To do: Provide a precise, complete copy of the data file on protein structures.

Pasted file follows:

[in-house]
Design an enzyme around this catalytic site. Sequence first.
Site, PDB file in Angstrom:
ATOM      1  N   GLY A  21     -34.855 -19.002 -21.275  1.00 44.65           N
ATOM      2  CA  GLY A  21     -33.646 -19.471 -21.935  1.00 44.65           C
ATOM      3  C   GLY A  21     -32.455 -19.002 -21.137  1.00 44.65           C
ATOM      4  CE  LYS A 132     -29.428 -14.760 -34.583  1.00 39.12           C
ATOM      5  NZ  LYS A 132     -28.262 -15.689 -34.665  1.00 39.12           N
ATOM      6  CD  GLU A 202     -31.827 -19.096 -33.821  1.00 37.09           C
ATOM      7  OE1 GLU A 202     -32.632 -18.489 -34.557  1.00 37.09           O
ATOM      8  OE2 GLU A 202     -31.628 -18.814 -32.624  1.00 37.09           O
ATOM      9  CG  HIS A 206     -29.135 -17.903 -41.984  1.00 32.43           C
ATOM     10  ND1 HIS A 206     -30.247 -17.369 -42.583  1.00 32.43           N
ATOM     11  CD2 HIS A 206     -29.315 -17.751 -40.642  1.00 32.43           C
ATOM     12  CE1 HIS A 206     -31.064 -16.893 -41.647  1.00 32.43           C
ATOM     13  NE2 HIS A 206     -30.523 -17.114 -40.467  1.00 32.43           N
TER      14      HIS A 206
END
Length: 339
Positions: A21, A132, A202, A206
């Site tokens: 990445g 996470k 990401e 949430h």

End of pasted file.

[in-house]
Design an enzyme around this catalytic site. Sequence first.
Site, PDB file in Angstrom:
ATOM      1  N   GLY A  21     -34.855 -19.002 -21.275  1.00 44.65           N
ATOM      2  CA  GLY A  21     -33.646 -19.471 -21.935  1.00 44.65           C
ATOM      3  C   GLY A  21     -32.455 -19.002 -21.137  1.00 44.65           C
ATOM      4  CE  LYS A 132     -29.428 -14.760 -34.583  1.00 39.12           C
ATOM      5  NZ  LYS A 132     -28.262 -15.689 -34.665  1.00 39.12           N
ATOM      6  CD  GLU A 202     -31.827 -19.096 -33.821  1.00 37.09           C
ATOM      7  OE1 GLU A 202     -32.632 -18.489 -34.557  1.00 37.09           O
ATOM      8  OE2 GLU A 202     -31.628 -18.814 -32.624  1.00 37.09           O
ATOM      9  CG  HIS A 206     -29.135 -17.903 -41.984  1.00 32.43           C
ATOM     10  ND1 HIS A 206     -30.247 -17.369 -42.583  1.00 32.43           N
ATOM     11  CD2 HIS A 206     -29.315 -17.751 -40.642  1.00 32.43           C
ATOM     12  CE1 HIS A 206     -31.064 -16.893 -41.647  1.00 32.43           C
ATOM     13  NE2 HIS A 206     -30.523 -17.114 -40.467  1.00 32.43           N
TER      14      HIS A 206
END
Length: 339
Positions: A21, A132, A202, A206
């Site tokens: 990445g 996470k 990401e 949430h």